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Conceptual and Visual Features Contribute to Visual Memory for Natural Images

Huebner, GM; Gegenfurtner, KR; (2012) Conceptual and Visual Features Contribute to Visual Memory for Natural Images. PLoS ONE , 7 (6) , Article e37575. 10.1371/journal.pone.0037575. Green open access

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Abstract

We examined the role of conceptual and visual similarity in a memory task for natural images. The important novelty of our approach was that visual similarity was determined using an algorithm [1] instead of being judged subjectively. This similarity index takes colours and spatial frequencies into account. For each target, four distractors were selected that were (1) conceptually and visually similar, (2) only conceptually similar, (3) only visually similar, or (4) neither conceptually nor visually similar to the target image. Participants viewed 219 images with the instruction to memorize them. Memory for a subset of these images was tested subsequently. In Experiment 1, participants performed a two-alternative forced choice recognition task and in Experiment 2, a yes/no-recognition task. In Experiment 3, testing occurred after a delay of one week. We analyzed the distribution of errors depending on distractor type. Performance was lowest when the distractor image was conceptually and visually similar to the target image, indicating that both factors matter in such a memory task. After delayed testing, these differences disappeared. Overall performance was high, indicating a large-capacity, detailed visual long-term memory.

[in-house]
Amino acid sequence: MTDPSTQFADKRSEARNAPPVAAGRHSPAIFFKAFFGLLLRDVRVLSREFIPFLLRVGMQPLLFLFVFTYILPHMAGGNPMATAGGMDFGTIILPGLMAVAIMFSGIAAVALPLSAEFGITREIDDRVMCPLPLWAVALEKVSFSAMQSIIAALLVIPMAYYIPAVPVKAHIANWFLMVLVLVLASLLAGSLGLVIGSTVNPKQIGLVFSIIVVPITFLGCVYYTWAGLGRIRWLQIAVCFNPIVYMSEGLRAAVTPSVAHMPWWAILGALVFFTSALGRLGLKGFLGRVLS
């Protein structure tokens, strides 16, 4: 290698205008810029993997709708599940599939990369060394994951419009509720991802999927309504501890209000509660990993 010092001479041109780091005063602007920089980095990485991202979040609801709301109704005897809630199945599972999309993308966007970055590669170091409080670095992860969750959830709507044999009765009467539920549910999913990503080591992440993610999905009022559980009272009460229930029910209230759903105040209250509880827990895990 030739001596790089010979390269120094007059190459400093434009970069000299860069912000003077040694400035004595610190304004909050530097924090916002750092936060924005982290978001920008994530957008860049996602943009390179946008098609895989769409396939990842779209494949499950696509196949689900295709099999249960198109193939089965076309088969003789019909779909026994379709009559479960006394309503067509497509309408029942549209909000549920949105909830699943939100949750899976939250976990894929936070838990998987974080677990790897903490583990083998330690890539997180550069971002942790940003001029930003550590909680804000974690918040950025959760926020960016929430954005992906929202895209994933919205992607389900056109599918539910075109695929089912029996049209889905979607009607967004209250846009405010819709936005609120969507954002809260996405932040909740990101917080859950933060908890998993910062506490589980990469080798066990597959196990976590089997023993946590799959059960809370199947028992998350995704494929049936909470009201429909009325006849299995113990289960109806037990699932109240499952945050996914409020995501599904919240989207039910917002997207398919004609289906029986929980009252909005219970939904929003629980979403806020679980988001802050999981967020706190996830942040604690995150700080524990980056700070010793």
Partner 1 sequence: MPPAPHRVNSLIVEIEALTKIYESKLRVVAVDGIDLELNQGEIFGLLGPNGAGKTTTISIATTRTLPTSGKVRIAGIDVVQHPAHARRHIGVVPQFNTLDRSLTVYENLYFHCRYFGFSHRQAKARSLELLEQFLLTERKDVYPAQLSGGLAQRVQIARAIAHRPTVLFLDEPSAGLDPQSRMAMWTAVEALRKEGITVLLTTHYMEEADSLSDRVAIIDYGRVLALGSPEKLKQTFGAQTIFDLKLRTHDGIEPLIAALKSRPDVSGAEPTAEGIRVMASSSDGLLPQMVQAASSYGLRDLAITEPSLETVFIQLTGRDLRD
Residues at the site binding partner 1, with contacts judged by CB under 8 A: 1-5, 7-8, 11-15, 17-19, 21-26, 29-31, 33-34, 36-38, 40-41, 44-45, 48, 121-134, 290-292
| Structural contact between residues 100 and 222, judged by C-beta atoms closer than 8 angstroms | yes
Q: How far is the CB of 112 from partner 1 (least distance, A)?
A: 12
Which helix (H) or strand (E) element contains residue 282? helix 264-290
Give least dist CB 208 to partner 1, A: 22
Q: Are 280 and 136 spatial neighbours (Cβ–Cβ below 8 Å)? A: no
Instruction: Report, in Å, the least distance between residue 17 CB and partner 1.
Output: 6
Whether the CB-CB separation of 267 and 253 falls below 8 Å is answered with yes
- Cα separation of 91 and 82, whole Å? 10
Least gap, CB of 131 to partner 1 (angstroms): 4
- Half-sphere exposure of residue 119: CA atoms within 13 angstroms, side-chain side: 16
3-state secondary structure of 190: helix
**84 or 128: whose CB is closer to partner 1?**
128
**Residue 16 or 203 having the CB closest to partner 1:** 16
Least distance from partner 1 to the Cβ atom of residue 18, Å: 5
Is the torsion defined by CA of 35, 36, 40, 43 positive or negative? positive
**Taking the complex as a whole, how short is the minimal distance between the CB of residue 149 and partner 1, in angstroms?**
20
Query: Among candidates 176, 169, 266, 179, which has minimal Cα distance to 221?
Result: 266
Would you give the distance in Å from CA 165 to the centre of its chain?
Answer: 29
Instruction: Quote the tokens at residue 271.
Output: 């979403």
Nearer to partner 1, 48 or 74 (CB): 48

Type: Article
Title: Conceptual and Visual Features Contribute to Visual Memory for Natural Images
Open access status: An open access version is available from UCL Discovery
DOI: 10.1371/journal.pone.0037575
Publisher version: http://dx.doi.org/10.1371/journal.pone.0037575
Language: English
Additional information: © 2012 Huebner, Gegenfurtner. This is an open-access article distributed under the terms of the Creative Commons Attribution License, which permits unrestricted use, distribution, and reproduction in any medium, provided the original author and source are credited. This work was supported by a scholarship of the DFG Graduate School "NeuroACt" to Gesche M. Huebner (http://www.dfg.de/en/index.jsp). The funders had no role in study design, data collection and analysis, decision to publish, or preparation of the manuscript.
UCL classification: UCL
UCL > Provost and Vice Provost Offices
UCL > Provost and Vice Provost Offices > UCL BEAMS
UCL > Provost and Vice Provost Offices > UCL BEAMS > Faculty of the Built Environment
UCL > Provost and Vice Provost Offices > UCL BEAMS > Faculty of the Built Environment > Bartlett School Env, Energy and Resources
URI: https://discovery.ucl.ac.uk/id/eprint/1384841
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